Love rating 19
    ajrr1 said

    tuttogallo said:

    "One bill which seems impossible to reduce is for internet access"

    This isn't strictly true. Depending on what you use your internet access for, you could reduce the cost. Most providers have tiered pricing based on usage limits.

    However, if you download a lot, including streaming media such as iPlayer, you are likely to need an unlimited data plan anyway.

    However, internet pricing to me seems one of the better models in this country. The tiered pricing does mean you 'can' pay based on total usage, regardless of how many people contribute to that usage. What is less fair is the disparity in download speeds (about which consumers can do little or nothing).

    As far as I know, our broadband prices are actually rather low compared to most countries as well.

    Report on 28 January 2013  |  Love thisLove  0 loves
  • CuNNaXXa
    Love rating 410
    CuNNaXXa said

    So, take two women. They are twin sisters. Both are in their late thirties. They both drive identical cars, and live in the same postcode. They are identical in every way except, one is married while the other is single.

    So, how can an insurer say that the single female is more of a risk than the married female?

    Of course, insurers don't need to justify why they charge what they charge. We legally have to have a minimum of third party insurance for a vehicle kept on the public road, so they have a captive audience.

    Of course, I want to know why my premiums change when I change to a different vehicle. For example, to insure a Ford Mondeo is £100 cheaper than insuring a Jeep Grand Cherokee for me, yet I drive the more expensive vehicle no differently from the cheaper alternative.

    Now I know they will say that the Jeep is more expensive to repair should I have an accident, but if I have nine years or more no claims discount, meaning I have been driving safely for nine years or more, it should cost no more to insure one car to another, because I should be considered an extremely safe driver.

    After all, it will cost no more to repair a Jeep than it will to repair a Mondeo after having NO accident (it will cost nothing to repair the Jeep after no accident, which ironically is the same for repairing a Mondeo after NOT having an accident).

    Over the years, I have spent thousands on insurance, and have never made a claim. Now they will also state that we have to pay for bad drivers. Why? The insurers take the risks, not us. It is they who are gambling that we won't have an accident. If they play their hand wrong, why should we cover their backsides?

    It would be like going to the bookies and putting a bet on a nag winning the Grand National, then expecting the bookie to reimburse your stake money should you lose.

    Insurance companies need to tighten up. They should not be paying out on bogus claims, then increasing our premiums to cover these losses. If someone proves to be a bad driver, just refuse them insurance. No insurance means no driving, and if they do, they are breaking the law, and can face a custodial sentence or a large fine.

    In fact, insurance companies should be trying to recover losses from uninsured drivers, and the law should assist in recovering losses suffered through failing to have the minimum insurance required by law. Also, sentencing should be tougher for those who actively abuse the laws and who put others at risk. Send them to prison where they belong, and stop penalising the innocent motorists who pay their way fairly and squarely.

    Report on 01 February 2013  |  Love thisLove  0 loves
  • r
    Love rating 98
    r said

    Several good observations from @CuNNaXXa .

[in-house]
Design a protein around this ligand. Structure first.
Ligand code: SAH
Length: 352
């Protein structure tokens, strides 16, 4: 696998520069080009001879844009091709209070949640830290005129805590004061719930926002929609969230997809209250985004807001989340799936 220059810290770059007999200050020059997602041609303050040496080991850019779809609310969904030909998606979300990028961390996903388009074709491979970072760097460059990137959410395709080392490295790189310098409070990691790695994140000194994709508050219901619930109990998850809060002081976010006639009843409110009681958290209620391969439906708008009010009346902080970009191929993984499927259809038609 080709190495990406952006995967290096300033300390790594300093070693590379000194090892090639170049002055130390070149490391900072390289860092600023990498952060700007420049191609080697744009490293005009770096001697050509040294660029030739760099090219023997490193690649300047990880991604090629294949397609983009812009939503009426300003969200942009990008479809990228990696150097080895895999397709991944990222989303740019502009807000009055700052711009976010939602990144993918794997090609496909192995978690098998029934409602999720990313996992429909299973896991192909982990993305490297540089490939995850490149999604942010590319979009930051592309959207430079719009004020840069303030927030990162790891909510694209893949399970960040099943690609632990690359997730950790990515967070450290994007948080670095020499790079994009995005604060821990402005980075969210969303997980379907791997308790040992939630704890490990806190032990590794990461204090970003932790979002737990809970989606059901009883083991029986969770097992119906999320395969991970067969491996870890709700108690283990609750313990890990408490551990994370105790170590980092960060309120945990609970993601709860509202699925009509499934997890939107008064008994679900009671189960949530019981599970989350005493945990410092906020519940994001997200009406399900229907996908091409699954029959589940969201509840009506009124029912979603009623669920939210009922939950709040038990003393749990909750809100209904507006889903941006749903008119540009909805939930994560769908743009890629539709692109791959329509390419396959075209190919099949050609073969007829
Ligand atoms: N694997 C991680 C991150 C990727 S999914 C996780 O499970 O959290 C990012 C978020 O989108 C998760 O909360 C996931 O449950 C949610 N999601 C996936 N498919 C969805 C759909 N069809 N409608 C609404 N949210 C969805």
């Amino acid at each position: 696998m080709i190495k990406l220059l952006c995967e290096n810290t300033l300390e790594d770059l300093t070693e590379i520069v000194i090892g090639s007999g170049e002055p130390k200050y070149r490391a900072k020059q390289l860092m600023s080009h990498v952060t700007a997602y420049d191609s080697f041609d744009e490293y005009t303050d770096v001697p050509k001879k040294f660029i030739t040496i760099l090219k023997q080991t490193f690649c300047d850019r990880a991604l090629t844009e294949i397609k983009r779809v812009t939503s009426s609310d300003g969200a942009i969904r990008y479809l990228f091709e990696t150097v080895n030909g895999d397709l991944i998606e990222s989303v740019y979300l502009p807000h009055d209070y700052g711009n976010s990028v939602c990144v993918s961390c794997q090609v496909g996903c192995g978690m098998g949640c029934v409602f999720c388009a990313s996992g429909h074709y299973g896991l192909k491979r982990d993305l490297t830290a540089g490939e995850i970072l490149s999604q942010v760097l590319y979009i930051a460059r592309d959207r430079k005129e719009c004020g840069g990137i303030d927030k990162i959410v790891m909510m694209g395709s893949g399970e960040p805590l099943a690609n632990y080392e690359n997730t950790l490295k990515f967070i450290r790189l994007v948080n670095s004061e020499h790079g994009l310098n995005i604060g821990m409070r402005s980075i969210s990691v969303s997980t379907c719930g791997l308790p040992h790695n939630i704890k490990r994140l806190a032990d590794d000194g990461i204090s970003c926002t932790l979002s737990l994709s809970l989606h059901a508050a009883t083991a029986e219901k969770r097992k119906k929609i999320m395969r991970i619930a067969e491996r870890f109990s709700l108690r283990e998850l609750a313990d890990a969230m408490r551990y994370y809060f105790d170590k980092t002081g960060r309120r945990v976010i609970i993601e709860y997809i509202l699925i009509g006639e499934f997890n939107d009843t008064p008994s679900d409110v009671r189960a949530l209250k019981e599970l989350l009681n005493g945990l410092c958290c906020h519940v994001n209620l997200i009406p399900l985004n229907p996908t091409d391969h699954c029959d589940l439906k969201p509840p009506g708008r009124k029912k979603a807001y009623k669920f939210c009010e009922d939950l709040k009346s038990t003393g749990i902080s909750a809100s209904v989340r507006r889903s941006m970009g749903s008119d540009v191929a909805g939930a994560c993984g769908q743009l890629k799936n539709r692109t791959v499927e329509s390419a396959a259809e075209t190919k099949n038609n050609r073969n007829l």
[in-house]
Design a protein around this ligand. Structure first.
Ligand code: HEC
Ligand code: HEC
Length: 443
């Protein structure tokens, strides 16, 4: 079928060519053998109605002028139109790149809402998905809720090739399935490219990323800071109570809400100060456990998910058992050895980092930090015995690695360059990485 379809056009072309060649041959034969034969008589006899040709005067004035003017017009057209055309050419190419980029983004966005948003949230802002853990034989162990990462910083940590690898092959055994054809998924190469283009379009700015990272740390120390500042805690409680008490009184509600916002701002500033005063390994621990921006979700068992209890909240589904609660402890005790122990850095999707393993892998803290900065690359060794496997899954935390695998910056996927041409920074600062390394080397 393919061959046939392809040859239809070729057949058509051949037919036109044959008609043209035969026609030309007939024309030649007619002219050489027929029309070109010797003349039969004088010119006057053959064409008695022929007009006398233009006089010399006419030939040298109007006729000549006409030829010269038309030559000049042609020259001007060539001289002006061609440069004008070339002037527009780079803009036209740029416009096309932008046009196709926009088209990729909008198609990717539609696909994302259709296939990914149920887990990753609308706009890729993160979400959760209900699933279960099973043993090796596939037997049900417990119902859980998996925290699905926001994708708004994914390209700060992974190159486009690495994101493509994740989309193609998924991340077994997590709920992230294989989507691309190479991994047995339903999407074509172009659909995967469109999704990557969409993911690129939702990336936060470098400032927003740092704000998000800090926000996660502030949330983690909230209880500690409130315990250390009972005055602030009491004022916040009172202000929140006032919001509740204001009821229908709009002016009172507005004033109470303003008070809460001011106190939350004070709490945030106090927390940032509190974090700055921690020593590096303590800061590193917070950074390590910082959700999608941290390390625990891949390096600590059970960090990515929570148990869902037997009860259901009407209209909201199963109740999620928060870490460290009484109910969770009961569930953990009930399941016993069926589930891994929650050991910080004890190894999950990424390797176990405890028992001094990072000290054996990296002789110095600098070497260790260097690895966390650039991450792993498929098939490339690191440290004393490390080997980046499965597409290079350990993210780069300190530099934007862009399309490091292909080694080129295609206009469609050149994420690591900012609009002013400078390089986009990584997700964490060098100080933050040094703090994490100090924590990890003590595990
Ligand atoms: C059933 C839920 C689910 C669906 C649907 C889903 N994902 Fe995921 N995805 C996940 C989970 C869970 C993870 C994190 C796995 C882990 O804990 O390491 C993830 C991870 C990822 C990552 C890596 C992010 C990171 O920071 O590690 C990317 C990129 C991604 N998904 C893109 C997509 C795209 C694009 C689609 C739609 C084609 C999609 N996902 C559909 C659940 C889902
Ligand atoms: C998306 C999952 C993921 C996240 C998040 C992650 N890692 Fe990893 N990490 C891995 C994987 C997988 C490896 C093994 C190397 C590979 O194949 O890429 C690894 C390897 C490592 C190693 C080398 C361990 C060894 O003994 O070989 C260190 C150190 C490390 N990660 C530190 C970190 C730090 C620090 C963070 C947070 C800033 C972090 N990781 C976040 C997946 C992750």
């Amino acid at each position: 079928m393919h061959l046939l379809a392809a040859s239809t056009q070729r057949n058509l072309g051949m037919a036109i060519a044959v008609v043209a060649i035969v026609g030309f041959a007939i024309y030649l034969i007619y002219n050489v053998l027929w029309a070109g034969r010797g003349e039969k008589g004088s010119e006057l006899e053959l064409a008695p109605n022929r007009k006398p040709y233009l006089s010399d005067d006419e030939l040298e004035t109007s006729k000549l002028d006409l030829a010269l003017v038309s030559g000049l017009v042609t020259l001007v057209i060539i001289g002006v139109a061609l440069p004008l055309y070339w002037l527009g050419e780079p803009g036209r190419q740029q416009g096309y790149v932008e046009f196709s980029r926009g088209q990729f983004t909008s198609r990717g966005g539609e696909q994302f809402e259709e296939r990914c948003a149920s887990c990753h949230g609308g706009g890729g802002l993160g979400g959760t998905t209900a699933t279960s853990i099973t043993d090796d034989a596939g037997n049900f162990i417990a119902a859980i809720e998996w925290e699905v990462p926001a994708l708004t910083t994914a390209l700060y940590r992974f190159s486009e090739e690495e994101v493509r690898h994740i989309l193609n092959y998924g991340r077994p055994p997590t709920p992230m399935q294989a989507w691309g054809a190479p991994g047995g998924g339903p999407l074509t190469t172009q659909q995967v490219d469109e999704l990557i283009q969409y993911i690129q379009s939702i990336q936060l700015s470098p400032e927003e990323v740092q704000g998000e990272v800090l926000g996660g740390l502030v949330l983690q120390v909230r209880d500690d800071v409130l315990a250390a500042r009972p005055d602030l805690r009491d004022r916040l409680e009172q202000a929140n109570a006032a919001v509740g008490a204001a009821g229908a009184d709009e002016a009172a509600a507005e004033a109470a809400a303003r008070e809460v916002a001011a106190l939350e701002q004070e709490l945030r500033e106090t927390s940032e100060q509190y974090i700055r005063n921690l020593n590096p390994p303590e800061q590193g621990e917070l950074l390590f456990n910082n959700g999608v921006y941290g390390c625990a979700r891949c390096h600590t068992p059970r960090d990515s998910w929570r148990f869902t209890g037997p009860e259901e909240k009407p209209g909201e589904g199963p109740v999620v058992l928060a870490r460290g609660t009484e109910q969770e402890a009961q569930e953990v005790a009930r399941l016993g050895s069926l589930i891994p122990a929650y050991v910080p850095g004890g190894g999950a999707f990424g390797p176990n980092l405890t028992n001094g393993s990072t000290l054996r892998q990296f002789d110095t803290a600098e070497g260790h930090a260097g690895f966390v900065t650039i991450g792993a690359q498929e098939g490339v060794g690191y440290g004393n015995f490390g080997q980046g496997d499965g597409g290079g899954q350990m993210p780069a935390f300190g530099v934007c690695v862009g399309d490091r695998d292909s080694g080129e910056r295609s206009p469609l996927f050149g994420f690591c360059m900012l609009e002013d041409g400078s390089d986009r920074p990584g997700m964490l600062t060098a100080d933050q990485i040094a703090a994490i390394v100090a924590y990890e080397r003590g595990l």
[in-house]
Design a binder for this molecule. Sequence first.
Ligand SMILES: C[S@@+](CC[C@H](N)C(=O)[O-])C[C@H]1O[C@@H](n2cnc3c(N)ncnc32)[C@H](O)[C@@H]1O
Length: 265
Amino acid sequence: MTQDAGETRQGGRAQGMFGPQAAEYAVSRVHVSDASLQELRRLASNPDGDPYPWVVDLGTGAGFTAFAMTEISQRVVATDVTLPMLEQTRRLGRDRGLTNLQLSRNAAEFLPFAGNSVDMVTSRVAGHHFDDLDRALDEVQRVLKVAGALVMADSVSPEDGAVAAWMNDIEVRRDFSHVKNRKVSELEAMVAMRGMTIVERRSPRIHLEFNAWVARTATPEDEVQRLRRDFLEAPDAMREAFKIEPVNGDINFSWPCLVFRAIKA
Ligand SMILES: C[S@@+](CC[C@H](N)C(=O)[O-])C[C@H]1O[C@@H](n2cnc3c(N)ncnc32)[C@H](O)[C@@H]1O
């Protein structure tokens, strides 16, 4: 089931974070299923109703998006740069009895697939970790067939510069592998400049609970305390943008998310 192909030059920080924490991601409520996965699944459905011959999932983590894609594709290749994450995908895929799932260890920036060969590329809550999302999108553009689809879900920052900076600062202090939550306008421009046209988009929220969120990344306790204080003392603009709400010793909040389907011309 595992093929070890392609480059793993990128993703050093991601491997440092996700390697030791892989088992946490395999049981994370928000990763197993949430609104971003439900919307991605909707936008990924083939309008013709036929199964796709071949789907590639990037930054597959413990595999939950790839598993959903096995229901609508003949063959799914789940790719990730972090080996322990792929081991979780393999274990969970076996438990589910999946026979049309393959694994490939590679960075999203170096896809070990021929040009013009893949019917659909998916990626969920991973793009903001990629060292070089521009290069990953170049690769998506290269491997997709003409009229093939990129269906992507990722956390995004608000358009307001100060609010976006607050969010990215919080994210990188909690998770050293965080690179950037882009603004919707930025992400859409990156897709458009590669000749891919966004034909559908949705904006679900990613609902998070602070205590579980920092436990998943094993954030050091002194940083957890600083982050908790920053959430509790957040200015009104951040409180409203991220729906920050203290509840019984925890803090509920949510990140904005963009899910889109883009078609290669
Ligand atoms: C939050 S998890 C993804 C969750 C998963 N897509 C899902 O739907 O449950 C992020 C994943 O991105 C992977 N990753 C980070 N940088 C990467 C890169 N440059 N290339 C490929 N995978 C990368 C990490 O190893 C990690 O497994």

I guess the references to car insurance have been taken from a shared policy for married women, so the insurers will calculate that the woman is only driving for part of the time. I know we don't like the insurers and I know they will always take the extra penny when they can but policy prices (and, therefore, risks) are based on the laws of probability which is derived from the claim experience of each insurer.

    This has recently been distorted by the EU ruling that gender cannot be taken into account. The fact remains, women live longer than men, on average, and their annuity is therefore more expensive. Statistically, women have less accidents (when measured in terms of cost/payout) and, therefore, their premiums are generally cheaper than those for equivalent men.

    The references to holiday costs are based on the cost of providing a room, bedding etc. The cost to the hotel is pretty well the same for a single or a couple - the main difference is the cost of one or two breakfasts - so I wouldn't expect to see much difference.

    Household utilities - we pretty well pay for what we use; the only exception is the ignominious standing charge.

    Council tax - aaah! - that's another matter. Whilst this tax is property-based, a 25% discount is a bonus to a single person household. Equally, there is no additional cost for a family of six or more. I would be happy to pay for the services that I use but this is not acceptable to the "large families" which successive governments continue to encourage (in tax terms).


    Report on 01 February 2013  |  Love thisLove  0 loves
  • sodit
    Love rating 135
    sodit said

    CuNNaXXa, it's because insurance is a pooled product.

    I bought into a Gilt fund in 1988, so my money should grow at around 11% pa on the original investment indefinitely, right? But would you believe it? The swine at the pension company kept on taking deposits into that fund and subsequently bought gilts only yielding 10%, 9%, 8%, all the way down to the present pathetic yields... and in doing so rogered my yield.

    It's just not fair. (not these days when computerisation should be able to link specific securities to specific investors).

    Report on 02 February 2013  |  Love thisLove  0 loves

Post a comment

Sign in or register to post a reply.

Our top deals

Credit card
Balance transfers rate and period Representative

Barclaycard 31Mth Platinum Visa

0% for 31 months (2.99% fee) Representative 18.9% APR (variable) Apply
Representative example: Assumed borrowing of £1,200 for 1 year, at a Purchase Rate of 18.9% (variable), representative 18.9% APR (variable). Credit available subject to status. A Balance Transfer fee of 3.5% will be applied, then reduced to 2.99% by a refund (terms and conditions apply). Plus an additional £20 fee refund on balance transfers over £2000.

Barclaycard 30Mth Platinum Visa

0% for 30 months (2.89% fee) Representative 18.9% APR (variable) Apply
Representative example: Assumed borrowing of £1,200 for 1 year, at a Purchase Rate of 18.9% (variable), representative 18.9% APR (variable). Credit available subject to status. A Balance Transfer fee of 3.5% will be applied, then reduced to 2.89% by a refund (terms and conditions apply). Plus an additional £20 fee refund on balance transfers over £2000.

MBNA 30Mth Platinum Credit Card Visa

0% for 30 months (2.89% fee) Representative 18.9% APR (variable) Apply
Representative example: Assumed borrowing of £1,200 for 1 year, at a Purchase Rate of 18.9% (variable), representative 18.9% APR (variable). Credit available subject to status.
W3C  Thank you for using One Flew Over the Cuckoo's Nest